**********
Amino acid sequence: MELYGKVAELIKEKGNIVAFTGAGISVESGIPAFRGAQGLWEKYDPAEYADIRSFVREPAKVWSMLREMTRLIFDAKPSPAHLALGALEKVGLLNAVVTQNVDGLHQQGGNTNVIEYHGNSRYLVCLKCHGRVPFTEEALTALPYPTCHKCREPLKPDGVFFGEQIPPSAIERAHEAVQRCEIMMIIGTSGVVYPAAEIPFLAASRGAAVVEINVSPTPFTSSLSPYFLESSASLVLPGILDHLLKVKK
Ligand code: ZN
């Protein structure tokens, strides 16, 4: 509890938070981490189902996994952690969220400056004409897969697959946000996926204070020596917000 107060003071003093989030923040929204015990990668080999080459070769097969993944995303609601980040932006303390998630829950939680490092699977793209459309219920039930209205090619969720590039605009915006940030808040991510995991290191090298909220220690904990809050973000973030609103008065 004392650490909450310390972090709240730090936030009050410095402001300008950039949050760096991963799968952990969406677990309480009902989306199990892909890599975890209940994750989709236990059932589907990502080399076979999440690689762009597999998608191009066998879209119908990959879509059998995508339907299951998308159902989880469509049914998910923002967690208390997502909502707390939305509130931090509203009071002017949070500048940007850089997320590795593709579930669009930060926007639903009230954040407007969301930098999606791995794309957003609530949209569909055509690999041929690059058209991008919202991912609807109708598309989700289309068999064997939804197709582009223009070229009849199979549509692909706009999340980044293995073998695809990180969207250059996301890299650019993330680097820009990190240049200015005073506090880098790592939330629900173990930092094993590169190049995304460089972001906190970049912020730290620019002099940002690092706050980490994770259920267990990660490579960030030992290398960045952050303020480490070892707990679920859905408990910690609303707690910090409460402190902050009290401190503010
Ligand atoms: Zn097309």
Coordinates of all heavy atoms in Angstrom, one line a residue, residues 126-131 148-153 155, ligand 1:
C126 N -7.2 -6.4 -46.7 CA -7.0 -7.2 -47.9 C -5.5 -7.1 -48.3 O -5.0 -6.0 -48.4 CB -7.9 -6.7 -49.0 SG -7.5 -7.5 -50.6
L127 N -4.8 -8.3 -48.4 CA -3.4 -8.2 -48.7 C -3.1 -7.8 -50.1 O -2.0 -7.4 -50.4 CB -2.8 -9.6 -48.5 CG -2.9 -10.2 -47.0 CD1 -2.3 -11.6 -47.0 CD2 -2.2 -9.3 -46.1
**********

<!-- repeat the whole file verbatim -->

Amino acid sequence: MELYGKVAELIKEKGNIVAFTGAGISVESGIPAFRGAQGLWEKYDPAEYADIRSFVREPAKVWSMLREMTRLIFDAKPSPAHLALGALEKVGLLNAVVTQNVDGLHQQGGNTNVIEYHGNSRYLVCLKCHGRVPFTEEALTALPYPTCHKCREPLKPDGVFFGEQIPPSAIERAHEAVQRCEIMMIIGTSGVVYPAAEIPFLAASRGAAVVEINVSPTPFTSSLSPYFLESSASLVLPGILDHLLKVKK
Ligand code: ZN
């Protein structure tokens, strides 16, 4: 509890938070981490189902996994952690969220400056004409897969697959946000996926204070020596917000 107060003071003093989030923040929204015990990668080999080459070769097969993944995303609601980040932006303390998630829950939680490092699977793209459309219920039930209205090619969720590039605009915006940030808040991510995991290191090298909220220690904990809050973000973030609103008065 004392650490909450310390972090709240730090936030009050410095402001300008950039949050760096991963799968952990969406677990309480009902989306199990892909890599975890209940994750989709236990059932589907990502080399076979999440690689762009597999998608191009066998879209119908990959879509059998995508339907299951998308159902989880469509049914998910923002967690208390997502909502707390939305509130931090509203009071002017949070500048940007850089997320590795593709579930669009930060926007639903009230954040407007969301930098999606791995794309957003609530949209569909055509690999041929690059058209991008919202991912609807109708598309989700289309068999064997939804197709582009223009070229009849199979549509692909706009999340980044293995073998695809990180969207250059996301890299650019993330680097820009990190240049200015005073506090880098790592939330629900173990930092094993590169190049995304460089972001906190970049912020730290620019002099940002690092706050980490994770259920267990990660490579960030030992290398960045952050303020480490070892707990679920859905408990910690609303707690910090409460402190902050009290401190503010
Ligand atoms: Zn097309």
Coordinates of all heavy atoms in Angstrom, one line a residue, residues 126-131 148-153 155, ligand 1:
C126 N -7.2 -6.4 -46.7 CA -7.0 -7.2 -47.9 C -5.5 -7.1 -48.3 O -5.0 -6.0 -48.4 CB -7.9 -6.7 -49.0 SG -7.5 -7.5 -50.6
L127 N -4.8 -8.3 -48.4 CA -3.4 -8.2 -48.7 C -3.1 -7.8 -50.1 O -2.0 -7.4 -50.4 CB -2.8 -9.6 -48.5 CG -2.9 -10.2 -47.0 CD1 -2.3 -11.6 -47.0 CD2 -2.2 -9.3 -46.1